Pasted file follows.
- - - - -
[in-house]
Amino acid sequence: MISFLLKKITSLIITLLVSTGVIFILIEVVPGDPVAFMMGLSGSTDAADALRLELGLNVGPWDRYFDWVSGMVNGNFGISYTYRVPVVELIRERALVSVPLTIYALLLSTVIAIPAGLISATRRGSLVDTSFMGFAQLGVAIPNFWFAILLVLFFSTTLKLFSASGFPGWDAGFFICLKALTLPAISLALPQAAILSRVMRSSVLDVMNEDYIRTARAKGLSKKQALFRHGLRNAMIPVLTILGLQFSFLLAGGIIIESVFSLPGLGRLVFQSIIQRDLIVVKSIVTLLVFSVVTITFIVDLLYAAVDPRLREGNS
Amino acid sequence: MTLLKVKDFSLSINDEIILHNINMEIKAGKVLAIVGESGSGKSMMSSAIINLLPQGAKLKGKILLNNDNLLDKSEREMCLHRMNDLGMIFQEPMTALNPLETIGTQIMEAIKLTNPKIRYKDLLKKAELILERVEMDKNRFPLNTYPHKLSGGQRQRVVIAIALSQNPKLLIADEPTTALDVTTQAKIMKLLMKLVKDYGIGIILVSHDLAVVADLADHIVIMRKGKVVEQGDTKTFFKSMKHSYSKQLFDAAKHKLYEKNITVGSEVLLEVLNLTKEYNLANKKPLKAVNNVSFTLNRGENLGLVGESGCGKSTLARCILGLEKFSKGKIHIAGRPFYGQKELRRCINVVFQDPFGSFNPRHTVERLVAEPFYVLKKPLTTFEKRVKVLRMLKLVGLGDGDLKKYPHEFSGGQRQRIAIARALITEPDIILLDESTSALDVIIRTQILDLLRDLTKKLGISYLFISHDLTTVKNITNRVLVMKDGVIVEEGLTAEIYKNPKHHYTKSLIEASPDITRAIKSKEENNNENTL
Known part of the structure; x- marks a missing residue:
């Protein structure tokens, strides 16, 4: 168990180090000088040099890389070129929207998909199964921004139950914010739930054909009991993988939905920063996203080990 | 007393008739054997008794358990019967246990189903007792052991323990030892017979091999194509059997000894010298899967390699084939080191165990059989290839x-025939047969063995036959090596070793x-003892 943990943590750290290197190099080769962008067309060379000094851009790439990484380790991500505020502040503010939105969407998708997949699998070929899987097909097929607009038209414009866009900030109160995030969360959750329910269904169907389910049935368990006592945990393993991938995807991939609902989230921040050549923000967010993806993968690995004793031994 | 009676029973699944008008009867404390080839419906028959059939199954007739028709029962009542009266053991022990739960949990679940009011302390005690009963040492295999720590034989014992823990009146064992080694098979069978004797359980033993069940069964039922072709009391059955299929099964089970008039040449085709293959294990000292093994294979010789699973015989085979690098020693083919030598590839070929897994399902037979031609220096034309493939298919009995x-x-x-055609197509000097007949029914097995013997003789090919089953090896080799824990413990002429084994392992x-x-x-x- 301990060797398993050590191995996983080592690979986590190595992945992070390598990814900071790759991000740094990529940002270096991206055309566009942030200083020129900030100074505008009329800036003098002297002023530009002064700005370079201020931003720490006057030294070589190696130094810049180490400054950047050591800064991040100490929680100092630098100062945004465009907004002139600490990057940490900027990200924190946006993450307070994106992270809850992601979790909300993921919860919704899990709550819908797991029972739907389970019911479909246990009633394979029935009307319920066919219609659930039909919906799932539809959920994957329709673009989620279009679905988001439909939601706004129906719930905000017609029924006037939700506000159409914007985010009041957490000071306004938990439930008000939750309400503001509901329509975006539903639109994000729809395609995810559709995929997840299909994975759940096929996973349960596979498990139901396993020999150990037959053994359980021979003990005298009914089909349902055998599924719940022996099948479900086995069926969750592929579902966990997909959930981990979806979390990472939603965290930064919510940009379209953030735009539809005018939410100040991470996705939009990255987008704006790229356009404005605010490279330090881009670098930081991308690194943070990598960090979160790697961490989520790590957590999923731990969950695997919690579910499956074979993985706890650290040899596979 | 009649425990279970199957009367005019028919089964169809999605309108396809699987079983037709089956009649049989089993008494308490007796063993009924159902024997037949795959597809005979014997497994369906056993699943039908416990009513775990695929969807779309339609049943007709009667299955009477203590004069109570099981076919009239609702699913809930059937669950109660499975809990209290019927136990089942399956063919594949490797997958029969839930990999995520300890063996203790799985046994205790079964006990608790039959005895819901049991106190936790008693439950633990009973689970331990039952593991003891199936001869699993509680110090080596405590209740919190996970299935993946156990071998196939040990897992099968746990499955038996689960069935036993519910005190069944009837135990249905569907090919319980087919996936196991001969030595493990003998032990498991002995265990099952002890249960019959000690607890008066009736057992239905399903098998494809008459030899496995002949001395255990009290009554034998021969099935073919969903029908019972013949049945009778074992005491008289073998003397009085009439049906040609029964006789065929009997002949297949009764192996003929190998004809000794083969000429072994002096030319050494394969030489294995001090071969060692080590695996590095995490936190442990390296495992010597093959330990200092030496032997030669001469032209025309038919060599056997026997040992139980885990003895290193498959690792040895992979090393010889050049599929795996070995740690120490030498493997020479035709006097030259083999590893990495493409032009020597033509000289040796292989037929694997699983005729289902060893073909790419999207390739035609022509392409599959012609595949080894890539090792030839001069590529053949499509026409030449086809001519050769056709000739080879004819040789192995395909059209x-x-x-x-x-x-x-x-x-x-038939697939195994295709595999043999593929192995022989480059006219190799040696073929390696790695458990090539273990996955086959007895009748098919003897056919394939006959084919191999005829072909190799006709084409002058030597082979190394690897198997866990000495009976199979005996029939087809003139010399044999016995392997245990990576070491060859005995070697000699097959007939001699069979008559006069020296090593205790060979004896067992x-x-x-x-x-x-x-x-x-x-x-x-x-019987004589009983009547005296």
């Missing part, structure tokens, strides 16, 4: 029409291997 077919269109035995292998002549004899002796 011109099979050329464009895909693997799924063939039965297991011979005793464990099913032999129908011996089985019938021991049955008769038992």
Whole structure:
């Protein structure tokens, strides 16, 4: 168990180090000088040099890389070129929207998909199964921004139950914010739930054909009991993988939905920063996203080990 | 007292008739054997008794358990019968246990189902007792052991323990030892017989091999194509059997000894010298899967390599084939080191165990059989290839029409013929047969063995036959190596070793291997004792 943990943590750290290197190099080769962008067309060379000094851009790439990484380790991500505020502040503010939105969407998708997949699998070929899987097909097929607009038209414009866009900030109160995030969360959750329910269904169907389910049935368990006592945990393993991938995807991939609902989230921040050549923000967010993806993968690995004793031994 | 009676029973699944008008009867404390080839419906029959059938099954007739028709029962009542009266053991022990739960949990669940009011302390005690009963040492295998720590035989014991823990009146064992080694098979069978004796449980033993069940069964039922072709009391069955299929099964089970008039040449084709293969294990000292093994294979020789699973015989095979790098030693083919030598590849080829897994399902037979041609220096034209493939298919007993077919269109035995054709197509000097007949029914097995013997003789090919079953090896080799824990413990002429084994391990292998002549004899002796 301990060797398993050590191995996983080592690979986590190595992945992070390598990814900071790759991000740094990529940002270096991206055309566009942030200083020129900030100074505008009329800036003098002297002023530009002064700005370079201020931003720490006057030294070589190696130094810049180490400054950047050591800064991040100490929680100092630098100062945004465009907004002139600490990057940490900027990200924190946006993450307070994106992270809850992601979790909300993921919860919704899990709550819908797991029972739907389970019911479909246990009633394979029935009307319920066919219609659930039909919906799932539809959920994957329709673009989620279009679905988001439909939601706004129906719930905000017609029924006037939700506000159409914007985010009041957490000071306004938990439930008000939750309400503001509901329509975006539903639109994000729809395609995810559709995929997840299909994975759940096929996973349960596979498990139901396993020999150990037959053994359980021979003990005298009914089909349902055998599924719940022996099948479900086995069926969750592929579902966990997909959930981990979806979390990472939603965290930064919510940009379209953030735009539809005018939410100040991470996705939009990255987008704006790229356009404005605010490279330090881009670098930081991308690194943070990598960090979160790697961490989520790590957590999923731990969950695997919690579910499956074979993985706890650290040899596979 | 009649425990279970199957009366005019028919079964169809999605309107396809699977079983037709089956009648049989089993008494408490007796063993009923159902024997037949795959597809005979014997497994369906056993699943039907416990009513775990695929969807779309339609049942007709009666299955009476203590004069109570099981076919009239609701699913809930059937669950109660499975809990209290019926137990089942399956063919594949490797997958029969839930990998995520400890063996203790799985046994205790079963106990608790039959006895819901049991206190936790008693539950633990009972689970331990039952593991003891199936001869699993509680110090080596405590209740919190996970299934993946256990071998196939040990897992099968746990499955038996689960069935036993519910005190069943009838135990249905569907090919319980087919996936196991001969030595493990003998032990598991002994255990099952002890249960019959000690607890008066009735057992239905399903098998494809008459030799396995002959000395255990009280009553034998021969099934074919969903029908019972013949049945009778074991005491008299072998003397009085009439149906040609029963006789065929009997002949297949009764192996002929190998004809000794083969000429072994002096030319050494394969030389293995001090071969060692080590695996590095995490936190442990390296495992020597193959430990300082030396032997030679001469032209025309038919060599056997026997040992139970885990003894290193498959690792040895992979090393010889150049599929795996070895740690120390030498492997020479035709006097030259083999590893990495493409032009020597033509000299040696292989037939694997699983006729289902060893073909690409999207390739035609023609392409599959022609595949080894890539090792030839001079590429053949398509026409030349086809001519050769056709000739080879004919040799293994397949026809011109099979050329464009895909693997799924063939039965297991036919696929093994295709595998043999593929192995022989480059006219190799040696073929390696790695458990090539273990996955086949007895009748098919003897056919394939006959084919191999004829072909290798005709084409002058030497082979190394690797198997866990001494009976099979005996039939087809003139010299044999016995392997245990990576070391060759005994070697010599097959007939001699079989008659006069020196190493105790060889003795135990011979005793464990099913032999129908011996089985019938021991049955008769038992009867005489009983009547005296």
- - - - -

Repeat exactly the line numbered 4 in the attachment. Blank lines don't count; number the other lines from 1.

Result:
Known part of the structure; x- marks a missing residue: